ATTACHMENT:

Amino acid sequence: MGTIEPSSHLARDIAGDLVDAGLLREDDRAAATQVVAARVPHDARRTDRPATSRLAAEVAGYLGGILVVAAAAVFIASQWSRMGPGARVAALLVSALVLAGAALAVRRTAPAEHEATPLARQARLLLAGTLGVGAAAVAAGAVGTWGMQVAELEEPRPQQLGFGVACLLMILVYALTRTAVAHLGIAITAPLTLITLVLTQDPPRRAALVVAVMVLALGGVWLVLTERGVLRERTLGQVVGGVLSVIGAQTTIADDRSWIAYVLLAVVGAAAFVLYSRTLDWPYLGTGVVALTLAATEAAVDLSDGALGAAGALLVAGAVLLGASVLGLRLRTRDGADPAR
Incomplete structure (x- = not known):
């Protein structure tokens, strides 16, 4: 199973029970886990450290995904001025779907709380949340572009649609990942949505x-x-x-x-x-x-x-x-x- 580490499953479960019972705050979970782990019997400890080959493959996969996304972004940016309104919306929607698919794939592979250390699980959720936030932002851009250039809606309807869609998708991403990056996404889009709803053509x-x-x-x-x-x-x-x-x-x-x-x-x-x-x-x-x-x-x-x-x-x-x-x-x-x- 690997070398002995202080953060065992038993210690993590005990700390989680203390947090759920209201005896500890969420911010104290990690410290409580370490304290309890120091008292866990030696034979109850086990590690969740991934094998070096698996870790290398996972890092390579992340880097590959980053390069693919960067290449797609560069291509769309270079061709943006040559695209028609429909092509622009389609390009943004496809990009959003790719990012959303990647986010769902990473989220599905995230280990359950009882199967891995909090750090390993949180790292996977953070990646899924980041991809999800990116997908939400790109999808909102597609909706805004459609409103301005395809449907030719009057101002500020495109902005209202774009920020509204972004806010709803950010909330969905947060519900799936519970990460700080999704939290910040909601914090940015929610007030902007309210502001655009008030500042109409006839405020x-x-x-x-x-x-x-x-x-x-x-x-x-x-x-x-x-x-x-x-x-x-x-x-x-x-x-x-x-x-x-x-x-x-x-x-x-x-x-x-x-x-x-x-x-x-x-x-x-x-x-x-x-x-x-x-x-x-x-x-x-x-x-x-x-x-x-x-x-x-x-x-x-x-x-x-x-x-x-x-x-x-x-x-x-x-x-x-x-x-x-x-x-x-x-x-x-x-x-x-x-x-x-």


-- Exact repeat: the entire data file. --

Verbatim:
Amino acid sequence: MGTIEPSSHLARDIAGDLVDAGLLREDDRAAATQVVAARVPHDARRTDRPATSRLAAEVAGYLGGILVVAAAAVFIASQWSRMGPGARVAALLVSALVLAGAALAVRRTAPAEHEATPLARQARLLLAGTLGVGAAAVAAGAVGTWGMQVAELEEPRPQQLGFGVACLLMILVYALTRTAVAHLGIAITAPLTLITLVLTQDPPRRAALVVAVMVLALGGVWLVLTERGVLRERTLGQVVGGVLSVIGAQTTIADDRSWIAYVLLAVVGAAAFVLYSRTLDWPYLGTGVVALTLAATEAAVDLSDGALGAAGALLVAGAVLLGASVLGLRLRTRDGADPAR
Incomplete structure (x- = not known):
């Protein structure tokens, strides 16, 4: 199973029970886990450290995904001025779907709380949340572009649609990942949505x-x-x-x-x-x-x-x-x- 580490499953479960019972705050979970782990019997400890080959493959996969996304972004940016309104919306929607698919794939592979250390699980959720936030932002851009250039809606309807869609998708991403990056996404889009709803053509x-x-x-x-x-x-x-x-x-x-x-x-x-x-x-x-x-x-x-x-x-x-x-x-x-x- 690997070398002995202080953060065992038993210690993590005990700390989680203390947090759920209201005896500890969420911010104290990690410290409580370490304290309890120091008292866990030696034979109850086990590690969740991934094998070096698996870790290398996972890092390579992340880097590959980053390069693919960067290449797609560069291509769309270079061709943006040559695209028609429909092509622009389609390009943004496809990009959003790719990012959303990647986010769902990473989220599905995230280990359950009882199967891995909090750090390993949180790292996977953070990646899924980041991809999800990116997908939400790109999808909102597609909706805004459609409103301005395809449907030719009057101002500020495109902005209202774009920020509204972004806010709803950010909330969905947060519900799936519970990460700080999704939290910040909601914090940015929610007030902007309210502001655009008030500042109409006839405020x-x-x-x-x-x-x-x-x-x-x-x-x-x-x-x-x-x-x-x-x-x-x-x-x-x-x-x-x-x-x-x-x-x-x-x-x-x-x-x-x-x-x-x-x-x-x-x-x-x-x-x-x-x-x-x-x-x-x-x-x-x-x-x-x-x-x-x-x-x-x-x-x-x-x-x-x-x-x-x-x-x-x-x-x-x-x-x-x-x-x-x-x-x-x-x-x-x-x-x-x-x-x-």